Perhaps we've just identified one of those vain and elitist types here. 1980s might wish to take a deep breath here and re-assess his perspective. This one is chuck full of holes and renders a decisive slam of it's own accord to his/her credibility.

As to more "base" motivations, don't assume that IRGC status renders one invulnerable. In point of fact, there are economic numbers around here somewhere proffered by Zraver, IIRC, that indicate that the largest "corporate" entity in Iran may just be the IRGC. My suspicion is that the insidious intersection of money and power may have it's usual corrosive influence regardless of the projected image of ideological zeal that may be assumed by the IRGC.

zraver
15 Oct 08,, 18:30
Its a possibility, but a slim one. You underestimate the fanaticism and commitment of IRGC cadre to Islam and the Islamic Revolution. Afterall, that is what they exist for.[quote]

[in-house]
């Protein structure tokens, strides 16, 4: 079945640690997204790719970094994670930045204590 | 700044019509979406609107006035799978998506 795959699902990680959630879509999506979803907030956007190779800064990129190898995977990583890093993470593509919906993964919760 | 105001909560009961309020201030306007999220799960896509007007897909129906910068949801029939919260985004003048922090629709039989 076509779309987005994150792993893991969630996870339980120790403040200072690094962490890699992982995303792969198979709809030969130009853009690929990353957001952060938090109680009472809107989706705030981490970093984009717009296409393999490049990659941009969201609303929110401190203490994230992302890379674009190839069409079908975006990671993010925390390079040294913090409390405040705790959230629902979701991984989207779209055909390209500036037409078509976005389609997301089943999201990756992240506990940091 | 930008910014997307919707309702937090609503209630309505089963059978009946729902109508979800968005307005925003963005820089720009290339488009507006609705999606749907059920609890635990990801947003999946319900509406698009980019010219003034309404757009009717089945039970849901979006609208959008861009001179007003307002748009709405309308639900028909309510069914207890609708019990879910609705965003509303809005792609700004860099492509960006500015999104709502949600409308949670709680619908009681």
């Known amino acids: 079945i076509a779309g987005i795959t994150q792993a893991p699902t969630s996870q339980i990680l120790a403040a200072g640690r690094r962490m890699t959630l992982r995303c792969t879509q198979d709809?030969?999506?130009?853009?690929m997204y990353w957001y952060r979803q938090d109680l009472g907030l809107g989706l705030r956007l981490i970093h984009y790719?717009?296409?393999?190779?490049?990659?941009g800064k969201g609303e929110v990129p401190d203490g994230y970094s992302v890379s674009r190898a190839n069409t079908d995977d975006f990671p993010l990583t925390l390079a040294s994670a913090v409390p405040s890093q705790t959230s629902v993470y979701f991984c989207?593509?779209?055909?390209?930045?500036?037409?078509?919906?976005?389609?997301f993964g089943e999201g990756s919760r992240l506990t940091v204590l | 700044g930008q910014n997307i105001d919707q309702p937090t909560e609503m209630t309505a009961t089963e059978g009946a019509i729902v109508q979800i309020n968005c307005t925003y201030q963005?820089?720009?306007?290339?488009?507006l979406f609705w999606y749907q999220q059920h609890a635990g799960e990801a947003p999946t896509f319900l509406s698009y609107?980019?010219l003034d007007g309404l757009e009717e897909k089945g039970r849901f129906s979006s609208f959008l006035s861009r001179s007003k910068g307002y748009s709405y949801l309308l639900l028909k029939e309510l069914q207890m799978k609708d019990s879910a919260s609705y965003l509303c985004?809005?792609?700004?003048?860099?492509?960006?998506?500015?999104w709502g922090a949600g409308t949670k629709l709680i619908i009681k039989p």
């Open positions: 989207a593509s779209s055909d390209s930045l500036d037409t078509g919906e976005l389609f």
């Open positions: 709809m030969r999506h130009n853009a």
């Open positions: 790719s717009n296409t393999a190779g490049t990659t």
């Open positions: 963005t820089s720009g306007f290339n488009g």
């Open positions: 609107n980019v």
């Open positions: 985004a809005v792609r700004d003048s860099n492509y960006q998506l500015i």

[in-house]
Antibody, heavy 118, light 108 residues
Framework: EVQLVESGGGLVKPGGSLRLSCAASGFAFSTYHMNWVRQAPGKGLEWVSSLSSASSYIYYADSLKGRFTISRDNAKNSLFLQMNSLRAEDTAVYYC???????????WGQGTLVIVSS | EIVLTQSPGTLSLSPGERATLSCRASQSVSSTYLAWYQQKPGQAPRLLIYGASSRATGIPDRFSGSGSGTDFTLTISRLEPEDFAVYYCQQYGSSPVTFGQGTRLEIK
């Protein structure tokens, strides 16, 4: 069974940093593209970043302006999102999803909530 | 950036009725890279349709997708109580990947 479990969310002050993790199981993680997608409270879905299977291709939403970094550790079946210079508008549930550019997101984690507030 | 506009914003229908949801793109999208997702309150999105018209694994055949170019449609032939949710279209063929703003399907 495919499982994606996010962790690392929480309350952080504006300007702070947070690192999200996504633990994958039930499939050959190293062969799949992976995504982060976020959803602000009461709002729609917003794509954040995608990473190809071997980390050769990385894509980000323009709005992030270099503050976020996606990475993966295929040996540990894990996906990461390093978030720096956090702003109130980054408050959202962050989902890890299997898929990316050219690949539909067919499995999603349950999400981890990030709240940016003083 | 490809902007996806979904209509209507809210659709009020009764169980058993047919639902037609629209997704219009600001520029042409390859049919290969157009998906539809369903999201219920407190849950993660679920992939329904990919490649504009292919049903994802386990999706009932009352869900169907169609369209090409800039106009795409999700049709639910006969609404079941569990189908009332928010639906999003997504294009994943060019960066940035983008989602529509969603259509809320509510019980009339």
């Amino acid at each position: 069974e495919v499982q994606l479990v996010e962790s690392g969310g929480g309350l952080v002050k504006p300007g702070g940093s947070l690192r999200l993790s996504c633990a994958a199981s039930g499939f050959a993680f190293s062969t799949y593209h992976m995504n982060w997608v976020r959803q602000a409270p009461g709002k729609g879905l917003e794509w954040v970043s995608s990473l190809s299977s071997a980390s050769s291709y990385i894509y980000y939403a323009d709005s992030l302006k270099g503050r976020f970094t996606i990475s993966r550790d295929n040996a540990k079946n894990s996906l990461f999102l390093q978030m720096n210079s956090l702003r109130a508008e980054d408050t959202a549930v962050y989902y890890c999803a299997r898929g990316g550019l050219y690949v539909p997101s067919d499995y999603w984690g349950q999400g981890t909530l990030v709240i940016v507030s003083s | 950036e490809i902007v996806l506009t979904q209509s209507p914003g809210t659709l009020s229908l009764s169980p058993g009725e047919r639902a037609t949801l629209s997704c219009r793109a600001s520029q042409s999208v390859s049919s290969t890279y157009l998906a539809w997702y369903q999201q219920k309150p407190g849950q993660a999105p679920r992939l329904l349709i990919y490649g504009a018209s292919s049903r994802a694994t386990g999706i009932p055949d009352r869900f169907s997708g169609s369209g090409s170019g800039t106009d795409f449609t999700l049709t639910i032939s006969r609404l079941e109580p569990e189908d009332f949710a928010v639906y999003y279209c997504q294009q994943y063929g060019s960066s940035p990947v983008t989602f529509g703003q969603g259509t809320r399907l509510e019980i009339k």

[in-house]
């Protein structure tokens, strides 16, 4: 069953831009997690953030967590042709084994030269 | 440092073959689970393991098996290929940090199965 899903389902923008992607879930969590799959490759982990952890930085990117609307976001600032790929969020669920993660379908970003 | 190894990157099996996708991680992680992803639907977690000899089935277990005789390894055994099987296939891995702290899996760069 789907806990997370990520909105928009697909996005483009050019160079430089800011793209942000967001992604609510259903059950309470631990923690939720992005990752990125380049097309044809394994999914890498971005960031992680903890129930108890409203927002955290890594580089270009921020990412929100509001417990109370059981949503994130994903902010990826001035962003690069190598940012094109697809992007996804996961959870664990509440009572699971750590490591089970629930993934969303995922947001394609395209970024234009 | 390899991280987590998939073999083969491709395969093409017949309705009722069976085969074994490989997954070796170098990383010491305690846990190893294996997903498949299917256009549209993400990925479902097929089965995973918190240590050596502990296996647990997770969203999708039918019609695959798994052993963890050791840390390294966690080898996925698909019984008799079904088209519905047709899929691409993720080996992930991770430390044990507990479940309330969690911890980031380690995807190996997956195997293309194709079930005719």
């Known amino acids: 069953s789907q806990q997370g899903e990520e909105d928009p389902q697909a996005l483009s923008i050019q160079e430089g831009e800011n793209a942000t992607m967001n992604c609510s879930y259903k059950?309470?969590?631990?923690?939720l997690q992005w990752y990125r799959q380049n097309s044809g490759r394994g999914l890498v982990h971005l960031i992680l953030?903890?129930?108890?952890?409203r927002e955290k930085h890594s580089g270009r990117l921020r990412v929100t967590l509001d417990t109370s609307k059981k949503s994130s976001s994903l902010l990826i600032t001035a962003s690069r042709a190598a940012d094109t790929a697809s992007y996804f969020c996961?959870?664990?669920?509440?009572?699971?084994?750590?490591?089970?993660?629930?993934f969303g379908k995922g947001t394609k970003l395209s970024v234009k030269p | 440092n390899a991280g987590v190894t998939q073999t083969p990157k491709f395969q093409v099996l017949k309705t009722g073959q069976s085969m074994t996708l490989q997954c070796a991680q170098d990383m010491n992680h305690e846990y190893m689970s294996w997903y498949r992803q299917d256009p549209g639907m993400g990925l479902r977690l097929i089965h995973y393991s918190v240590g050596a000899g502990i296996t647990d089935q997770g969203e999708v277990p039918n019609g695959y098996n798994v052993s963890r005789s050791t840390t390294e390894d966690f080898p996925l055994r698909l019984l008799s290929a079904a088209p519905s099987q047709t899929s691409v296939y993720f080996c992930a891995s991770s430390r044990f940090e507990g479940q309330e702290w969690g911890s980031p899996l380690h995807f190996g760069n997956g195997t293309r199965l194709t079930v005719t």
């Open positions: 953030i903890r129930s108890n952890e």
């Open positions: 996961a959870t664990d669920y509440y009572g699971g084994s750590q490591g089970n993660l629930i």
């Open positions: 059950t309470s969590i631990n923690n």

Get off your high horse there sport. Ever heard of the Mamluks? The Janniseries? Both were created to serve the state and God, both rebelled, both were Islamic. If you give a group poltical, military, and economic power it will not long remain content with being 2nd.

[quote]It had been claimed and predicted before that the Islamic Republic was built around the personality cult of the Imam Khomeini, and that it would collapse after him. 20 years after Khomeini's death and the I.R has never been in a stronger position.

I'm not arguing sociology, but what history says.


Iranian society is not like American society. Iranians do not think like Americans do either. People in Iran actually believe in God, religion and patriotism - without needing the incentive of money, power and personal accumulation. These are the kinds of people a hardcore military like the IRGC would attract. People who are genuinely ideologically committed. Not people who are 'looking to make a buck or two'.